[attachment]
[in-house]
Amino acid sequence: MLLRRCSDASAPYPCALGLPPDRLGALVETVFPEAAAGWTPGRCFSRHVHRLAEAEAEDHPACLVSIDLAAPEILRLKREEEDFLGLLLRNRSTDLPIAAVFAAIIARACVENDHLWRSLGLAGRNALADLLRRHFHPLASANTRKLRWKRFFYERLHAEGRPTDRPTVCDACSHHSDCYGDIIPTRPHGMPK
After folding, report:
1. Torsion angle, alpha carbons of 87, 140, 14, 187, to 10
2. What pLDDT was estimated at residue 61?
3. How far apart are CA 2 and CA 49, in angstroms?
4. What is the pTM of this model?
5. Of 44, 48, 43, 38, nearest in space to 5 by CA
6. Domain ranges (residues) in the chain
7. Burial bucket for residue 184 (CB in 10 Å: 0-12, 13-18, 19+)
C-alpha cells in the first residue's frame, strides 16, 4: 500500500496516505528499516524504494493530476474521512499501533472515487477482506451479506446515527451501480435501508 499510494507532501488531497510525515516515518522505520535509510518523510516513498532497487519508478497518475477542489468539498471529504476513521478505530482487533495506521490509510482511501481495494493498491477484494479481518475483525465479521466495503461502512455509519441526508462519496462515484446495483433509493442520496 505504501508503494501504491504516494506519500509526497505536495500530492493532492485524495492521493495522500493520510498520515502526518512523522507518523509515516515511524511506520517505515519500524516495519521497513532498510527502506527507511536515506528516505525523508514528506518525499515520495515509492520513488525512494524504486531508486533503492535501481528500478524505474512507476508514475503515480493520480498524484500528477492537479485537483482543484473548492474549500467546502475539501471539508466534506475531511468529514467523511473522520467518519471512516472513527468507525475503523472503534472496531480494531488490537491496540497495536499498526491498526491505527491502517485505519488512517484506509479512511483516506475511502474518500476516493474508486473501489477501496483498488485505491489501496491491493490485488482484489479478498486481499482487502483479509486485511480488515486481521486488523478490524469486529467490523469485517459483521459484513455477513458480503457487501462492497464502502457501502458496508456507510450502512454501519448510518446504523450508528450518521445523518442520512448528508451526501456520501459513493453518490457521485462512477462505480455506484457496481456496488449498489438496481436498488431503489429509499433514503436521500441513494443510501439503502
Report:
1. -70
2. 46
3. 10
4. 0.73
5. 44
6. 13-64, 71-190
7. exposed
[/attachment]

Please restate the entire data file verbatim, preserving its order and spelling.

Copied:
[in-house]
Amino acid sequence: MLLRRCSDASAPYPCALGLPPDRLGALVETVFPEAAAGWTPGRCFSRHVHRLAEAEAEDHPACLVSIDLAAPEILRLKREEEDFLGLLLRNRSTDLPIAAVFAAIIARACVENDHLWRSLGLAGRNALADLLRRHFHPLASANTRKLRWKRFFYERLHAEGRPTDRPTVCDACSHHSDCYGDIIPTRPHGMPK
After folding, report:
1. Torsion angle, alpha carbons of 87, 140, 14, 187, to 10
2. What pLDDT was estimated at residue 61?
3. How far apart are CA 2 and CA 49, in angstroms?
4. What is the pTM of this model?
5. Of 44, 48, 43, 38, nearest in space to 5 by CA
6. Domain ranges (residues) in the chain
7. Burial bucket for residue 184 (CB in 10 Å: 0-12, 13-18, 19+)
C-alpha cells in the first residue's frame, strides 16, 4: 500500500496516505528499516524504494493530476474521512499501533472515487477482506451479506446515527451501480435501508 499510494507532501488531497510525515516515518522505520535509510518523510516513498532497487519508478497518475477542489468539498471529504476513521478505530482487533495506521490509510482511501481495494493498491477484494479481518475483525465479521466495503461502512455509519441526508462519496462515484446495483433509493442520496 505504501508503494501504491504516494506519500509526497505536495500530492493532492485524495492521493495522500493520510498520515502526518512523522507518523509515516515511524511506520517505515519500524516495519521497513532498510527502506527507511536515506528516505525523508514528506518525499515520495515509492520513488525512494524504486531508486533503492535501481528500478524505474512507476508514475503515480493520480498524484500528477492537479485537483482543484473548492474549500467546502475539501471539508466534506475531511468529514467523511473522520467518519471512516472513527468507525475503523472503534472496531480494531488490537491496540497495536499498526491498526491505527491502517485505519488512517484506509479512511483516506475511502474518500476516493474508486473501489477501496483498488485505491489501496491491493490485488482484489479478498486481499482487502483479509486485511480488515486481521486488523478490524469486529467490523469485517459483521459484513455477513458480503457487501462492497464502502457501502458496508456507510450502512454501519448510518446504523450508528450518521445523518442520512448528508451526501456520501459513493453518490457521485462512477462505480455506484457496481456496488449498489438496481436498488431503489429509499433514503436521500441513494443510501439503502
Report:
1. -70
2. 46
3. 10
4. 0.73
5. 44
6. 13-64, 71-190
7. exposed